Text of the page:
Yes, Alex, “Survivor” Applies to Rape Victims


Ted Bundy in court.

With the enthusiasm of the young, Alex Knepper takes a good debate point WAY too far when discussing the reaction to his college newspaper column about “date rape.”

There is a legitimate point to be made that equating a consensual sexual encounter that goes a minute longer than one side decided is should have, and the sociopath who jumps out of the bushes and forces himself on the unsuspecting, is not a good use of the language or the legal system.  I’ll even concede that avoiding the first circumstance is the best defense against it for the sake of this argument.

However, the following statement just about earns Alex all of the outrage he received from campus feminists:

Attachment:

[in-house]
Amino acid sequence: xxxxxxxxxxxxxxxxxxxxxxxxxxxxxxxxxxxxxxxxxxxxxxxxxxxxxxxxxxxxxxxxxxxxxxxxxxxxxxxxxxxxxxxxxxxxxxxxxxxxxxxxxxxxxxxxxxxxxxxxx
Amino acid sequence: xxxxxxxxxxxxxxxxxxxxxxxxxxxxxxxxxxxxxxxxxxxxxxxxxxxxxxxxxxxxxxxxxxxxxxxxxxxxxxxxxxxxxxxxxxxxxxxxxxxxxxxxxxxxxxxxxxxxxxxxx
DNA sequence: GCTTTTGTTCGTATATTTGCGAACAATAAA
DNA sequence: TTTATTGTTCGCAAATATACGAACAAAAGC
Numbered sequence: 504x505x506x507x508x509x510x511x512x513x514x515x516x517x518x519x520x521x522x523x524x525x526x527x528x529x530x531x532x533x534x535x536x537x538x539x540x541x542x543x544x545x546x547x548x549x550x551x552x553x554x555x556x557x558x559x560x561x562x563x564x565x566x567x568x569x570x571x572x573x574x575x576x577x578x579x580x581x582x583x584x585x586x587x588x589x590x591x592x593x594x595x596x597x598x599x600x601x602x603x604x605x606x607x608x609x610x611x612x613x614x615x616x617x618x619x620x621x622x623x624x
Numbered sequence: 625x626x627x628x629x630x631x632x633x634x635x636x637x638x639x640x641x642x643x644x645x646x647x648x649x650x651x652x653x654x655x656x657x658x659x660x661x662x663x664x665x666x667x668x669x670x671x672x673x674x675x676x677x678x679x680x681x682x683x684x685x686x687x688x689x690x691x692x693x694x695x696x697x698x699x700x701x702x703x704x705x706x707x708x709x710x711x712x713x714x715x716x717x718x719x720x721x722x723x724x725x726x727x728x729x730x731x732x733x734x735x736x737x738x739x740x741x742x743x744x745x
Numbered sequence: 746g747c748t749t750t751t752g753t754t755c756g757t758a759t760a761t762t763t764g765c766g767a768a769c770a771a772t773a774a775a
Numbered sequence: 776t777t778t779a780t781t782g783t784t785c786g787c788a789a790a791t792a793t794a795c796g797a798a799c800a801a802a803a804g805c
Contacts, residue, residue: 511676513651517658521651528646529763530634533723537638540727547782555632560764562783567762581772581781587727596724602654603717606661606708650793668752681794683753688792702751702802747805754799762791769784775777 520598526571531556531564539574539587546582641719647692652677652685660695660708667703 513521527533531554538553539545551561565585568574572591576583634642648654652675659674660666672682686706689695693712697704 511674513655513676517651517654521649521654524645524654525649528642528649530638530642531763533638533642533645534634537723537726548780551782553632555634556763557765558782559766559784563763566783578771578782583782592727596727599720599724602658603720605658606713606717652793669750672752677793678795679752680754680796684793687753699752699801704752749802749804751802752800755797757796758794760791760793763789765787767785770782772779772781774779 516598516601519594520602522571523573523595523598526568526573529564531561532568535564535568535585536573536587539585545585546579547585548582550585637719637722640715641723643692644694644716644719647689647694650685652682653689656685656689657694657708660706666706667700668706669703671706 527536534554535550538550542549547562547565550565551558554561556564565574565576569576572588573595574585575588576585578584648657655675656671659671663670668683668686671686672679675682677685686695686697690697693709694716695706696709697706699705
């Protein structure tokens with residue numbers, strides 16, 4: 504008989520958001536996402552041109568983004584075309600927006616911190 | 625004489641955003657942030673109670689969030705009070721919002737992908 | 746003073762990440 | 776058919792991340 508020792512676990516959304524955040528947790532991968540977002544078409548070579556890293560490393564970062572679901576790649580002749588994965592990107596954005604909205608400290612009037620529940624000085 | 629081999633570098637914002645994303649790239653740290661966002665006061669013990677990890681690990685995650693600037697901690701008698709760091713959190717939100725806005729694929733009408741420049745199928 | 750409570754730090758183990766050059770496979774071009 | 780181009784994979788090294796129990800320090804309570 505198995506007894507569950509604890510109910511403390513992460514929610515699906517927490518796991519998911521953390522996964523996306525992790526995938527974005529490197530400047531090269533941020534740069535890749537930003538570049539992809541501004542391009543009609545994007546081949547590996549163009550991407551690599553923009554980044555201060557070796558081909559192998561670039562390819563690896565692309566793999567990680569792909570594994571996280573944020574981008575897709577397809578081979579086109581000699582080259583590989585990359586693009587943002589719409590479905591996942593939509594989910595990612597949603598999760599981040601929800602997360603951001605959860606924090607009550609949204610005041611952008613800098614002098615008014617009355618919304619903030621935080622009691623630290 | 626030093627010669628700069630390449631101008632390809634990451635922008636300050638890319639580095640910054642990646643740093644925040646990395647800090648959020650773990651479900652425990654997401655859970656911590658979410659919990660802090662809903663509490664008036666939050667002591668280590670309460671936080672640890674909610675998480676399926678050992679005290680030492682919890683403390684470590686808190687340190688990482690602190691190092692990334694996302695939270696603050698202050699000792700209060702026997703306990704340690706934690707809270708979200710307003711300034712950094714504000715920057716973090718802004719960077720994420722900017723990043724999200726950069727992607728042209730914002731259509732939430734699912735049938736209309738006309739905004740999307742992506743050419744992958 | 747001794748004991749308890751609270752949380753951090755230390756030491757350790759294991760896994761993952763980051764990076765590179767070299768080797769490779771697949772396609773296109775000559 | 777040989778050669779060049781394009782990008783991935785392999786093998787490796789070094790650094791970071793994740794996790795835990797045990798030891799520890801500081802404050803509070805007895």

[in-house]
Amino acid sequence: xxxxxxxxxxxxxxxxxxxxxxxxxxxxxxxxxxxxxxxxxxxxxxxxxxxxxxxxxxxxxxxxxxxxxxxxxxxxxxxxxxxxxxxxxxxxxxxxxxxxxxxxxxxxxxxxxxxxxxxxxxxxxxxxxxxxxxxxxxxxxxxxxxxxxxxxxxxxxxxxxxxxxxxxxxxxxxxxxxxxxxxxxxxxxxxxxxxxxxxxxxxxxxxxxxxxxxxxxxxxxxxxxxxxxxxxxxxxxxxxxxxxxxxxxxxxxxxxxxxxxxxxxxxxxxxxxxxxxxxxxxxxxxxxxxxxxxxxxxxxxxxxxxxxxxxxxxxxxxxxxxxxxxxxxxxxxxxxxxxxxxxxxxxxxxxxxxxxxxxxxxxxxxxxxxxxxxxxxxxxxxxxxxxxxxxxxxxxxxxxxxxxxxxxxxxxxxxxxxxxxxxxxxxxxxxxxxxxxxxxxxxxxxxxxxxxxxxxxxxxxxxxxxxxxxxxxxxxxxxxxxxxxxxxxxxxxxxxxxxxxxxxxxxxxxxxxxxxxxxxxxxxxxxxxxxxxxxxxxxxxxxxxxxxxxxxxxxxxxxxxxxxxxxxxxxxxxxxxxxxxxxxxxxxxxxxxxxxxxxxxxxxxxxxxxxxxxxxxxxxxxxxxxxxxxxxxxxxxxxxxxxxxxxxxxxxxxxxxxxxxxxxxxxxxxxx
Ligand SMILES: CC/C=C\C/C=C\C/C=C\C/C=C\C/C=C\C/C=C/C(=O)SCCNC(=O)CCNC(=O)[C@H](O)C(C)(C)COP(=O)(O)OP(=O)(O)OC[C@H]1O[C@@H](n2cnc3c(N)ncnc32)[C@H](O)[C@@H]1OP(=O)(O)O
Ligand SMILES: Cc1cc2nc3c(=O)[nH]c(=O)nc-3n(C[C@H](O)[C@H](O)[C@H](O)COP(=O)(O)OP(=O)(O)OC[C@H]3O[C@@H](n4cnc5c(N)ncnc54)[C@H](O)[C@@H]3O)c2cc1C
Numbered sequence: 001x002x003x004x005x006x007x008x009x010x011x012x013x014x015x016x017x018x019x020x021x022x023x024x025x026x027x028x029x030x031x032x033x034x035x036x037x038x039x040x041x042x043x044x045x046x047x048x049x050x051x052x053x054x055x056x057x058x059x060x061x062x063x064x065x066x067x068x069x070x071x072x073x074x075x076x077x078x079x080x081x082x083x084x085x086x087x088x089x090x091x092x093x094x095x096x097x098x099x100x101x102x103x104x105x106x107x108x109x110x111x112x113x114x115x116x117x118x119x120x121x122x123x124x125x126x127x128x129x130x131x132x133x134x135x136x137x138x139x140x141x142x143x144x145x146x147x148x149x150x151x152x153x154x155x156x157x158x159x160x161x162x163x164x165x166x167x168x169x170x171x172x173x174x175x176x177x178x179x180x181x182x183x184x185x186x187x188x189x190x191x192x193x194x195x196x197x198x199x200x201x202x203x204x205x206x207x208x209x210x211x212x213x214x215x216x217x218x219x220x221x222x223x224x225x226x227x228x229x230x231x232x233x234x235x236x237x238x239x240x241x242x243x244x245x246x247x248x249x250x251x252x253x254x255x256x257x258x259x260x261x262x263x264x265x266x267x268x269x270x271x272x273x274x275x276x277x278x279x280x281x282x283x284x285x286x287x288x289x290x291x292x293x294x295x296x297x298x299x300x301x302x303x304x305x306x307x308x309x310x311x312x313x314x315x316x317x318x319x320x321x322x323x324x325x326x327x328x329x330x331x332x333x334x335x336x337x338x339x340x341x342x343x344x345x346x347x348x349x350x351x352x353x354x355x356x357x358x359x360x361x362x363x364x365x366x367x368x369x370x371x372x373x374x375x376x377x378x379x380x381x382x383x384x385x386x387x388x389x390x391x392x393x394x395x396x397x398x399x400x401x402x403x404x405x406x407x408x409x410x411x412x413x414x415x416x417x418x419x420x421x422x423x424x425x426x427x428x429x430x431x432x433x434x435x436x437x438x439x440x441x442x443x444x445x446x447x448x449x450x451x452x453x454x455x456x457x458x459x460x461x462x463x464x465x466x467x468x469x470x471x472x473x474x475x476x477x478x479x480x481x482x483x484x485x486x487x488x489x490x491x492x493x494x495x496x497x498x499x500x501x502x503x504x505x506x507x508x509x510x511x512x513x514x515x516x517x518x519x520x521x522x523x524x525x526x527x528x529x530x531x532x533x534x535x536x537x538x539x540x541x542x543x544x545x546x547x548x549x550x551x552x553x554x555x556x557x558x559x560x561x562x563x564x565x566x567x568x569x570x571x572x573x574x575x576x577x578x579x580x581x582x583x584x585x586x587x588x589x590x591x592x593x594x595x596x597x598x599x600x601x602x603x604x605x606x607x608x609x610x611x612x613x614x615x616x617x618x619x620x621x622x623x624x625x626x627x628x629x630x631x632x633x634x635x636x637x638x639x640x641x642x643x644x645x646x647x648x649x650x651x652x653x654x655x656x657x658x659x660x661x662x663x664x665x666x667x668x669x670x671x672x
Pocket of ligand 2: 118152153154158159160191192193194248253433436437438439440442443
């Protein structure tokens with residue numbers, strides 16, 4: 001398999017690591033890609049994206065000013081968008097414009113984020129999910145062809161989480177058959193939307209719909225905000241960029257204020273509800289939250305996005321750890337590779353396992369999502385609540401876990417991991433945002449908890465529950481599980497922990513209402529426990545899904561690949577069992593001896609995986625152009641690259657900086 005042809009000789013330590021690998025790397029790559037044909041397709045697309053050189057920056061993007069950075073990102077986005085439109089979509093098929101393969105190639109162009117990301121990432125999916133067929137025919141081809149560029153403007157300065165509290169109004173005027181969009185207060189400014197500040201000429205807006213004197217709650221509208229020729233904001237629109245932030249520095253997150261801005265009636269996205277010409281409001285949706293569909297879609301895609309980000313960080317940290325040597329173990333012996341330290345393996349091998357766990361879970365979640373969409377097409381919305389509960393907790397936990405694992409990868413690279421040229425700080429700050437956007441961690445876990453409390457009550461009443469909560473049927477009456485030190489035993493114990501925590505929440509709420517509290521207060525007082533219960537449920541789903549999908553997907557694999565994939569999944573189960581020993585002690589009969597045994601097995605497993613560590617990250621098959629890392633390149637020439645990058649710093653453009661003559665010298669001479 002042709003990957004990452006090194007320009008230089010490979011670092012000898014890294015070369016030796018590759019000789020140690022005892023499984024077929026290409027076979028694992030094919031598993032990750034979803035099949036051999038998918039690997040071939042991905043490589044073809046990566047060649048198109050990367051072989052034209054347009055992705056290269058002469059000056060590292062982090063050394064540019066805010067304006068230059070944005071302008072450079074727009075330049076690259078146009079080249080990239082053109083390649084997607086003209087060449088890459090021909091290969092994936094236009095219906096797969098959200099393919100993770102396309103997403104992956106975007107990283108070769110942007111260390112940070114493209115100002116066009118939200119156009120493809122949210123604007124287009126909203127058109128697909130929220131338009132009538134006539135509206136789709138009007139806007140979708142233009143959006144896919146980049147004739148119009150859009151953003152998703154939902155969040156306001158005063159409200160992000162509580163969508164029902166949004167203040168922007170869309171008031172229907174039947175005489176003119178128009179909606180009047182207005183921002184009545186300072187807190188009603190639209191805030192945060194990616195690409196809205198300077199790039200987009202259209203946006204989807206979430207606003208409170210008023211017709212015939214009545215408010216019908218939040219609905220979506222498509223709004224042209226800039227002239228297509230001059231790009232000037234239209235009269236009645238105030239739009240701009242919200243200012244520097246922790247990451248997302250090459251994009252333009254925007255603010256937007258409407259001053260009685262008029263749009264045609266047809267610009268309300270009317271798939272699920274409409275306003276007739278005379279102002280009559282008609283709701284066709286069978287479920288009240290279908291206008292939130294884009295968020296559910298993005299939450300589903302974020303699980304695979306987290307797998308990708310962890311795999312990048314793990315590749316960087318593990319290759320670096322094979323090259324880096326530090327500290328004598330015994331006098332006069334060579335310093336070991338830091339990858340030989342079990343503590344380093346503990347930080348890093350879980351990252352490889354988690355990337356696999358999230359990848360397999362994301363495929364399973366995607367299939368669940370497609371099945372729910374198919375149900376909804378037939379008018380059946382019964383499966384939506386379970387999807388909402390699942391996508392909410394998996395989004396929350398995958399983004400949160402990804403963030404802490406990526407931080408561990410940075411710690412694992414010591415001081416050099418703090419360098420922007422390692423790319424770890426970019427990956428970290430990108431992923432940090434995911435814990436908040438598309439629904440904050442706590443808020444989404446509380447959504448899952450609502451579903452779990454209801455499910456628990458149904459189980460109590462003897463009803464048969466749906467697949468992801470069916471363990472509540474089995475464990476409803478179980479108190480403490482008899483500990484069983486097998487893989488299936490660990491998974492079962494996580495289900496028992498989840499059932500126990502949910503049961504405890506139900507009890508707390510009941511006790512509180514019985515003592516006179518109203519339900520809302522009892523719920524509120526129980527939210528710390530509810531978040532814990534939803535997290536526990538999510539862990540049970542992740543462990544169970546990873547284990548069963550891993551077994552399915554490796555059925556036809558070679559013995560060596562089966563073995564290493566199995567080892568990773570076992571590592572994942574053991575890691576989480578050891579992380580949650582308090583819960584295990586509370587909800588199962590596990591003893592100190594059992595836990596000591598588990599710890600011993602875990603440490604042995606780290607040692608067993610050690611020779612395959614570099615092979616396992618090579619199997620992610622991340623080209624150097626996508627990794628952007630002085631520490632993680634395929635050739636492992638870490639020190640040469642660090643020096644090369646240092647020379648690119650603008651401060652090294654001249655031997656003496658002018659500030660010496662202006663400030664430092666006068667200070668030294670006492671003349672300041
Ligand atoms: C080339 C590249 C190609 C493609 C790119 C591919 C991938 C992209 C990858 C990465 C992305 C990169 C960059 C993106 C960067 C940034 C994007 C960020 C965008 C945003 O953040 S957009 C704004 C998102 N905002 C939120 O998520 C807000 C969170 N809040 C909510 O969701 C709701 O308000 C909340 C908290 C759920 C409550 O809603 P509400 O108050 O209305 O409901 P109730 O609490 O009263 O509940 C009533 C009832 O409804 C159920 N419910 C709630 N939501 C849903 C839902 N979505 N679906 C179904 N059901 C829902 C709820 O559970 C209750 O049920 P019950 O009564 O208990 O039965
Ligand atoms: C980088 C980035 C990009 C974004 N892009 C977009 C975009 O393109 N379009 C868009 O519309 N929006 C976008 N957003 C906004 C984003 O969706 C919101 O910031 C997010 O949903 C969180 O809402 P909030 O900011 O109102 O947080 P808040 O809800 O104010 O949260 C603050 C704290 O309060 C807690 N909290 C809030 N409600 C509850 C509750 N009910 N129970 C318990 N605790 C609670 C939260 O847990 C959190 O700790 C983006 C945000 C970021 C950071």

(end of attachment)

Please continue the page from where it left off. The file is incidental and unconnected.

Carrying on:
“Survivor” is a term we typically employ to those who have endured the horrors of genocide, war, or famine, and managed to come out alive. Sexual assault is not a lethal act, nor is it a life-defining event, akin to suffering in Auschwitz. Feminists would like it to be a traumatic event: like Hamas, the more of their alleged constituents that sufferer, the more that they can manipulate people’s emotions — but it’s a terrible debasement of the term survivor to apply it to those who are simplyvictims.

No, Alex, we also say people are survivors of plane crashes,car crashes, house fires, cancer, and pretty much anything that people die from.  And women die at the hands of a rapist on a daily basis. Maybe not from a “date-rapist,” but from a certain kind of sexual predator.  Ted Bundy was a rapist.  The FBI has a whole section set up to deal with it—see Silence of the Lambs sometime.

And to categorically say that sexual assault is not a life-defining event is just wrong.  I doesn’t have to be, but it sure as hell can be.

Since I can’t come close to improving on Jenn Q. Public’s poignant response to Alex, I’ll just leave it at that.